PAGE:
credenza

noun

cre·​den·​za kri-ˈden-zə How to pronounce credenza (audio)
1
2
: a sideboard, buffet, or bookcase patterned after a Renaissance credence
especially : one without legs

Illustration of credenza

Illustration of credenza
  • credenza 2

Did you know?

In Italian credenza means “belief” or “confidence,” and confidence is just what a member of a noble or royal household needed before eating in the Middle Ages and Renaissance. Being poisoned by one’s enemies was an ever-present danger. As a result, it was customary for members of royal or noble families to have a servant taste their food and drink after it left the kitchen and before it was served. The tasting was done at a dining room sideboard, and the name of the sideboard became credenza in Italian.

Examples of credenza in a Sentence

Recent Examples on the Web Agyemang incorporated those cues via statement pieces made out of natural materials like an oak credenza designed by Leanne Ford for Crate and Barrel, and a white marble plinth coffee table to center the main area. Indya Brown, Essence, 5 June 2024 Its inventory includes a vintage lacquered credenza for more than $2,000. Sophia Solano, Washington Post, 7 Mar. 2024 Piper recalls one client who didn’t know what to do with a mid-century credenza. Jenna Anderson, Sunset Magazine, 23 Feb. 2024 Nicole Dianne Photography In the entry, the dark front door was replaced and a floating credenza and mirror were added. Sarah Yang, Sunset Magazine, 25 Oct. 2023 On July 30, the server opened the restaurant for breakfast with a manager who uncovered the credenza on the rooftop portion of the restaurant. Cindy Carcamo, Los Angeles Times, 4 Dec. 2023 The house welcomes with a turquoise shiplap ceiling and a pair of teal lamps on the credenza. Krissa Rossbund, Better Homes & Gardens, 2 Aug. 2023 Baldessari’s screenprint Two Sunsets (One With Square Blue Moon) hangs above a vintage woodworking table, discovered at Amsterdam Modern, that serves as a credenza. Abigail Stone, The Hollywood Reporter, 14 Oct. 2023 In Gill’s entryway, a small stool serves as seating, and shoes either go inside a rolling basket on the floor or get concealed behind the closed doors of a credenza. Annie Midori Atherton, Washington Post, 12 Sep. 2023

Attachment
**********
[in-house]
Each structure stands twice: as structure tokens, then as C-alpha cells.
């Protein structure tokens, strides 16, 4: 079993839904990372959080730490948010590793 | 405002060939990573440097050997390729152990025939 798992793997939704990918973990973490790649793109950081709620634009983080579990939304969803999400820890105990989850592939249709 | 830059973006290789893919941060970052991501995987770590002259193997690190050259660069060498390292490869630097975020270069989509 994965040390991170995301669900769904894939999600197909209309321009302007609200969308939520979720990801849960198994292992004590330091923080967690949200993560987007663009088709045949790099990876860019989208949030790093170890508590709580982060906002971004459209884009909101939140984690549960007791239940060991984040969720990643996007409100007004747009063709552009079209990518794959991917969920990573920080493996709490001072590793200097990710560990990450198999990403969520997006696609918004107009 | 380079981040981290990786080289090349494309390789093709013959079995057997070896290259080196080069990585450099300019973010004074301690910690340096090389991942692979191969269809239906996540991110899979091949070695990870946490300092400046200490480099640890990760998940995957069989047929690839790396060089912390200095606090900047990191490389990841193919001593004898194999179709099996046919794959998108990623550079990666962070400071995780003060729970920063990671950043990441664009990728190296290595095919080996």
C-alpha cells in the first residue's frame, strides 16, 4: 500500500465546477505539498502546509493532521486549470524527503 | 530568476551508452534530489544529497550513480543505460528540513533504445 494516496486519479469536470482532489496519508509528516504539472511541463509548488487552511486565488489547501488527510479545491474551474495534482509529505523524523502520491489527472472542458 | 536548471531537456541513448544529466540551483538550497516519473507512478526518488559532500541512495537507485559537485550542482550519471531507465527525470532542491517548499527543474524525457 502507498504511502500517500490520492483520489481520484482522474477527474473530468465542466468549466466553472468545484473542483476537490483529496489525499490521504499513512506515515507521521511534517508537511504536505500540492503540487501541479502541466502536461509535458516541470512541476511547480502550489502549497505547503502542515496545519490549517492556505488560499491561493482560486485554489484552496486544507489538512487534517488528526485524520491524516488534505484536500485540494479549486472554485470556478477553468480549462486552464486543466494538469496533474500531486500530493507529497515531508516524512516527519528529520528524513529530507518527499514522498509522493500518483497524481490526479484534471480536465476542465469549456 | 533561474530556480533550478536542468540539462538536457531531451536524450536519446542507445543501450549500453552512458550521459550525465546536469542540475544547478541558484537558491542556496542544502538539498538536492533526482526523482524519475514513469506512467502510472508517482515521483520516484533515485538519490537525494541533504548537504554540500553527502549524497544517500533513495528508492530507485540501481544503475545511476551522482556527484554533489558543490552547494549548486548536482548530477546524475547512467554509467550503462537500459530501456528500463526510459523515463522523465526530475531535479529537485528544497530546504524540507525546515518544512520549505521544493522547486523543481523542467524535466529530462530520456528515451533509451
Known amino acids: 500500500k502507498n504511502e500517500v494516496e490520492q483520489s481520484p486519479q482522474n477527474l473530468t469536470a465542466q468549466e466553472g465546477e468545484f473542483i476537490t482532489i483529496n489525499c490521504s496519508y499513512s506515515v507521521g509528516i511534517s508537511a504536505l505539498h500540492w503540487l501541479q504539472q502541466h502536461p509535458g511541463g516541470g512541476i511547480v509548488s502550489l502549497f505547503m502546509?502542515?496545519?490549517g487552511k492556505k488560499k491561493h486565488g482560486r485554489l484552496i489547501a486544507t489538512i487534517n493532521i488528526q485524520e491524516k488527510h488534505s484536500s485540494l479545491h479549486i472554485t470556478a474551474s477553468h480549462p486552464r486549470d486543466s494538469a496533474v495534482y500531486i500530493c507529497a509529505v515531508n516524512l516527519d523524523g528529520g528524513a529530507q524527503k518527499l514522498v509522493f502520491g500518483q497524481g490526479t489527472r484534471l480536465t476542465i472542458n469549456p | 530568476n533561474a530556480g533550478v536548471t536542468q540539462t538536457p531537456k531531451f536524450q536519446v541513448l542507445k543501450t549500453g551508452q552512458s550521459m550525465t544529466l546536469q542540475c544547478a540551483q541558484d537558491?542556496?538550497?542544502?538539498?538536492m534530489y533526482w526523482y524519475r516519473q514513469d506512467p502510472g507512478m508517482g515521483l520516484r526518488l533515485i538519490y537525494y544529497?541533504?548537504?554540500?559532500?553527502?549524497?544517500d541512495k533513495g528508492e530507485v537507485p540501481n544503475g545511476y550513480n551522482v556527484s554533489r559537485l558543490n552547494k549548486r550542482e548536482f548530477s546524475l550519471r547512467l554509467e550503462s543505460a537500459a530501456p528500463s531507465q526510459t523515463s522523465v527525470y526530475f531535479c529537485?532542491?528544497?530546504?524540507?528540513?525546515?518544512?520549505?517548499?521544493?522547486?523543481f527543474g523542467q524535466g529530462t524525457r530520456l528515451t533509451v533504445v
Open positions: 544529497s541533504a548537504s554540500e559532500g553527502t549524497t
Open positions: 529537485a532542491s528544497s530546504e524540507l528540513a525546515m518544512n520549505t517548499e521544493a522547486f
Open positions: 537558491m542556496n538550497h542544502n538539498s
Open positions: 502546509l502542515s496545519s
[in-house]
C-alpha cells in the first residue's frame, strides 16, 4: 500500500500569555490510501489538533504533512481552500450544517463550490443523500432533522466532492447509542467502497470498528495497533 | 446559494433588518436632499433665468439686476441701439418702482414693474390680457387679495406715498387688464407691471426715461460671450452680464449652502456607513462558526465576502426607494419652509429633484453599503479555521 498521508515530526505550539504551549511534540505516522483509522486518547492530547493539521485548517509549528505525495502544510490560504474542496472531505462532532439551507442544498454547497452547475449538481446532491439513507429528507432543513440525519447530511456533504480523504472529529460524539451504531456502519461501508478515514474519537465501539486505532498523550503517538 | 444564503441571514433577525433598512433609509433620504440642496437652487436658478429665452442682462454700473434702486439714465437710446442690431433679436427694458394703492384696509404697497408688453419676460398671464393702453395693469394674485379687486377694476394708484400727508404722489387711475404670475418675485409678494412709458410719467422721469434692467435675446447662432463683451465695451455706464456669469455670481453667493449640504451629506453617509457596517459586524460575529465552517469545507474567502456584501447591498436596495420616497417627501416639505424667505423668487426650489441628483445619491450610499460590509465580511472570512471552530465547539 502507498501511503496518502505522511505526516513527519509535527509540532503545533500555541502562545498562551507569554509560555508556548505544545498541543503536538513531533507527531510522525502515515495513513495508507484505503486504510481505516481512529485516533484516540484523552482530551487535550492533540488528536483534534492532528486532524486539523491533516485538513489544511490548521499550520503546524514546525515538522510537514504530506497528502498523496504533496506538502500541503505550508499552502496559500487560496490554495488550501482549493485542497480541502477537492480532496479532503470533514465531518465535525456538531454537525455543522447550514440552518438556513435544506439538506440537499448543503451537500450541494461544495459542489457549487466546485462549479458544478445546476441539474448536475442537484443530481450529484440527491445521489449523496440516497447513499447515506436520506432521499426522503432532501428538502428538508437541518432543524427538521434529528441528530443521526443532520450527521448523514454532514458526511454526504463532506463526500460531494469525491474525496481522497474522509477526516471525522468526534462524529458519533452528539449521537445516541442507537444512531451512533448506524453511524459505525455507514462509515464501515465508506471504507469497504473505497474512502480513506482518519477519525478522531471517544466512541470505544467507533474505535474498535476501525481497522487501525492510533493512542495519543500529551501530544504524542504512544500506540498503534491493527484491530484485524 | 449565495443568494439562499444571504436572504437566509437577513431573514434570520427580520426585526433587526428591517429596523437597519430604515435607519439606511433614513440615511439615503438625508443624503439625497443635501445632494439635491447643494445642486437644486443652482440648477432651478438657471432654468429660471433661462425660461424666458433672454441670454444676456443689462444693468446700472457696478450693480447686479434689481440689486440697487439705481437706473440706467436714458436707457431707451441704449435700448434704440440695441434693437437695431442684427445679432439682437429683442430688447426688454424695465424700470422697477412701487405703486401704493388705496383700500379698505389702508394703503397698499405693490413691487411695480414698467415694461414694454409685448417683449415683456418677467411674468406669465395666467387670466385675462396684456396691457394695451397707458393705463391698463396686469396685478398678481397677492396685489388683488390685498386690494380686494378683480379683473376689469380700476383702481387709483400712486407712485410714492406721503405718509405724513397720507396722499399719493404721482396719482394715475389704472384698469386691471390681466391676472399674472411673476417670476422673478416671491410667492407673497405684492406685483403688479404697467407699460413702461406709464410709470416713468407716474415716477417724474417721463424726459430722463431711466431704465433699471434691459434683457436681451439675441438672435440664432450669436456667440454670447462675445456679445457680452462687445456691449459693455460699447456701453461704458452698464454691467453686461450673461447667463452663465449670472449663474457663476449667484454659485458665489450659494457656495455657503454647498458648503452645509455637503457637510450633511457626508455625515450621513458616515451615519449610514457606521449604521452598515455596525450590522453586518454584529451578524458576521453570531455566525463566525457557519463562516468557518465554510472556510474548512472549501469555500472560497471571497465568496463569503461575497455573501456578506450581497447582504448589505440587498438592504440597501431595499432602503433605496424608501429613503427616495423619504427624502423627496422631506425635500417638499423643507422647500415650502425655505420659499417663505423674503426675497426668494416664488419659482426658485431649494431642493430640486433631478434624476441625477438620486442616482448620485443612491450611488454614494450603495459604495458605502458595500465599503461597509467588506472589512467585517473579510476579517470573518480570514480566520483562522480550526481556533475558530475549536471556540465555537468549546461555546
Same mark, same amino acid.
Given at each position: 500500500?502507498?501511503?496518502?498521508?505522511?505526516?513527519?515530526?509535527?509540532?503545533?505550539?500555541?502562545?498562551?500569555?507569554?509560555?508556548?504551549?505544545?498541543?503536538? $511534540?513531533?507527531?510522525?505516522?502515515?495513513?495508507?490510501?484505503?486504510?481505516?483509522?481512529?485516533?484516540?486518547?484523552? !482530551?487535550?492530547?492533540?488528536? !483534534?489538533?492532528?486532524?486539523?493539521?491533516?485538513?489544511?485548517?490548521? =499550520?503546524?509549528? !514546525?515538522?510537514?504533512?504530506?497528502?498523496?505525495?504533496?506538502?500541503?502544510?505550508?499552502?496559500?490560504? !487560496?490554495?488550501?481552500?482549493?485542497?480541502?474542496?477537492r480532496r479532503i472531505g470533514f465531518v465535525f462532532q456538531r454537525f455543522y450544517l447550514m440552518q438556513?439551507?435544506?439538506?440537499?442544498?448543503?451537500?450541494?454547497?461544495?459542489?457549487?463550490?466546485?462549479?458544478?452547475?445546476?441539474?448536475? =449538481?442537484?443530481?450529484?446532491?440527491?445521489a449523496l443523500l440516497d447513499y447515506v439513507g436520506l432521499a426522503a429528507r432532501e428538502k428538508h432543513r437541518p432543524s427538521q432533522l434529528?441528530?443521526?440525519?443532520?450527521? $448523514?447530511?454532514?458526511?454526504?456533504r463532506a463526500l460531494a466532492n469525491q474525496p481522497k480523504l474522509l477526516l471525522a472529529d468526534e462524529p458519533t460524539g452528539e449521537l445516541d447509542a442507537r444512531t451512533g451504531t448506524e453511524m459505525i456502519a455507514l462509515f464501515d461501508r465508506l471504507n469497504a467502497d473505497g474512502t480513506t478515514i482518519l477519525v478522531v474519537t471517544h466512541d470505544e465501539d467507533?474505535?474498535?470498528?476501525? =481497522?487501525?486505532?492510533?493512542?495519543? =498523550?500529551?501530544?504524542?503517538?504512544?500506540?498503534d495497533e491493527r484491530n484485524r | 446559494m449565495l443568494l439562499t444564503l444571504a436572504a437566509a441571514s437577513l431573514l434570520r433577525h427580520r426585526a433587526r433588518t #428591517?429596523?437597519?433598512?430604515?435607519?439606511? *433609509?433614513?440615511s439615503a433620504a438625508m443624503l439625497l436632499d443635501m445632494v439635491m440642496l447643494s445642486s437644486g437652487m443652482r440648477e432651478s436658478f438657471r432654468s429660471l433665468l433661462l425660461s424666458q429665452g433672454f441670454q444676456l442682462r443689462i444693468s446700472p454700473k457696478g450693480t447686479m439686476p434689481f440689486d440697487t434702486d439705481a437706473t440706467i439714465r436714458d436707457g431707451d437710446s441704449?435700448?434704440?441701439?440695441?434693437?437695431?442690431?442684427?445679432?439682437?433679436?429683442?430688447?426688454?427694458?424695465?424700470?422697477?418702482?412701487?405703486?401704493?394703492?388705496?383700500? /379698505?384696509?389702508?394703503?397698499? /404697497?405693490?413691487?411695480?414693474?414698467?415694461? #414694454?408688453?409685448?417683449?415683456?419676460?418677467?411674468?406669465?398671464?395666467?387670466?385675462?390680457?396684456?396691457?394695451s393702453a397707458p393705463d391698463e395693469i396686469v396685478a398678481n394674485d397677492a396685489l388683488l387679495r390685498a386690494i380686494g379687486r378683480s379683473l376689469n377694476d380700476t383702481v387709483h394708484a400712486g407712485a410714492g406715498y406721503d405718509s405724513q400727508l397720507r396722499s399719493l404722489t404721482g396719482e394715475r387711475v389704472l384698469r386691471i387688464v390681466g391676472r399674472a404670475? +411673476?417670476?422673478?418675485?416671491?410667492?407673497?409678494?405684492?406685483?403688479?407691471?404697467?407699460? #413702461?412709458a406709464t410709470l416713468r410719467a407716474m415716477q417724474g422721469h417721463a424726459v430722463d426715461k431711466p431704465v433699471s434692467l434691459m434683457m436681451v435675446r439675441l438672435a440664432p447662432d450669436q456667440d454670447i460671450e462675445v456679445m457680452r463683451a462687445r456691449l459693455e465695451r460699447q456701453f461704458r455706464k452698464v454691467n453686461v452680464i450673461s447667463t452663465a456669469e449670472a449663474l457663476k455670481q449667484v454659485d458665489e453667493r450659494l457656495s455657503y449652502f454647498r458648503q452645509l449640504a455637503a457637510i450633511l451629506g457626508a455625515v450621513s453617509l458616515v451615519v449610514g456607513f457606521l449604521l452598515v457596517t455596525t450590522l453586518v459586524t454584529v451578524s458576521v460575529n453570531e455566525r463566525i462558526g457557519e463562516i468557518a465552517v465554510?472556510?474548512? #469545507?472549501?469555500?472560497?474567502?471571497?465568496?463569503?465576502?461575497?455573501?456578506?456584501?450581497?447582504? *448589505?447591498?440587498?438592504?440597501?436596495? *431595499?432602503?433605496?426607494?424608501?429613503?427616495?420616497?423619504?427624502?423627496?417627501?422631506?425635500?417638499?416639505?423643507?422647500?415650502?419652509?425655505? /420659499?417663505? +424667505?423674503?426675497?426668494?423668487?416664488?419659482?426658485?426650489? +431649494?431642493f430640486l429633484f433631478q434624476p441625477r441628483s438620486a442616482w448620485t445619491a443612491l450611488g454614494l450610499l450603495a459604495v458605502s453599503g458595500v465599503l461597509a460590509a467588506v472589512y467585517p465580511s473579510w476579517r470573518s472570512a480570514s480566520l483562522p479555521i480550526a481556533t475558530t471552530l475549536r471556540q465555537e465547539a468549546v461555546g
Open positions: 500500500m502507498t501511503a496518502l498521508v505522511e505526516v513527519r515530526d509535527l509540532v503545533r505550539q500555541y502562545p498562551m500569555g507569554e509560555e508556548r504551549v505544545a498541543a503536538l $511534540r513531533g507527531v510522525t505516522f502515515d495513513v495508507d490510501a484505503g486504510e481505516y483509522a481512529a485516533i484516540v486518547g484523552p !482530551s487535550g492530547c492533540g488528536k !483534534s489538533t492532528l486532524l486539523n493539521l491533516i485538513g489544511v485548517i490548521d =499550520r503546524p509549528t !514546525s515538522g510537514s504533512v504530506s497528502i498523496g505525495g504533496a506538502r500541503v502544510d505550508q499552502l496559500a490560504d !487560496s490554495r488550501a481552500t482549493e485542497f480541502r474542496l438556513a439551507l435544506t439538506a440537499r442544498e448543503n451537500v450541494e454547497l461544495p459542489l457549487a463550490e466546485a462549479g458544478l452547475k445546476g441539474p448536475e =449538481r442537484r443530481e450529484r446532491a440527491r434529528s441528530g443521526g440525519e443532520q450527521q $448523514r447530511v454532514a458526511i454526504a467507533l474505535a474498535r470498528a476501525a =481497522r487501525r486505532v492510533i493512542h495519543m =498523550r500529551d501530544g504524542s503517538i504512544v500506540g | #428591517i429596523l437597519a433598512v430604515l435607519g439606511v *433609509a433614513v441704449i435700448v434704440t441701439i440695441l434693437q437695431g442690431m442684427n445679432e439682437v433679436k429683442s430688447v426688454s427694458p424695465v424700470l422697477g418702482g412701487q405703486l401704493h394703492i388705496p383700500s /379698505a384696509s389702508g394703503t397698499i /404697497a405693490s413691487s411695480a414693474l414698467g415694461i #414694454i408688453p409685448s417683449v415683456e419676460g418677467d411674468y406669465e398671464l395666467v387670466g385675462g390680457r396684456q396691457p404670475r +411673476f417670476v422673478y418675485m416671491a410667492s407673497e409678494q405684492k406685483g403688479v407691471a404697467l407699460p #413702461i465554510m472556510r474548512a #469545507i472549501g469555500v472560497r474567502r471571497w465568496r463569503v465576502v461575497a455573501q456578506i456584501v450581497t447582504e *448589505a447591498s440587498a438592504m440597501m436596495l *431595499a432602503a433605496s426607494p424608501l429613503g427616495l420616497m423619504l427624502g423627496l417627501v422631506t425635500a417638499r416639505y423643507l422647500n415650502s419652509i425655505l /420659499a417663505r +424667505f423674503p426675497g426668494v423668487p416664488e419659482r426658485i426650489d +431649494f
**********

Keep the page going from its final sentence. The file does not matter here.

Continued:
These examples are programmatically compiled from various online sources to illustrate current usage of the word 'credenza.' Any opinions expressed in the examples do not represent those of Merriam-Webster or its editors. Send us feedback about these examples.

Word History

Etymology

Italian, literally, belief, confidence, from Medieval Latin credentia

First Known Use

1880, in the meaning defined at sense 1

Time Traveler
The first known use of credenza was in 1880

Dictionary Entries Near credenza

Cite this Entry

“Credenza.” Merriam-Webster.com Dictionary, Merriam-Webster, https://www.merriam-webster.com/dictionary/credenza. Accessed 21 Jun. 2024.

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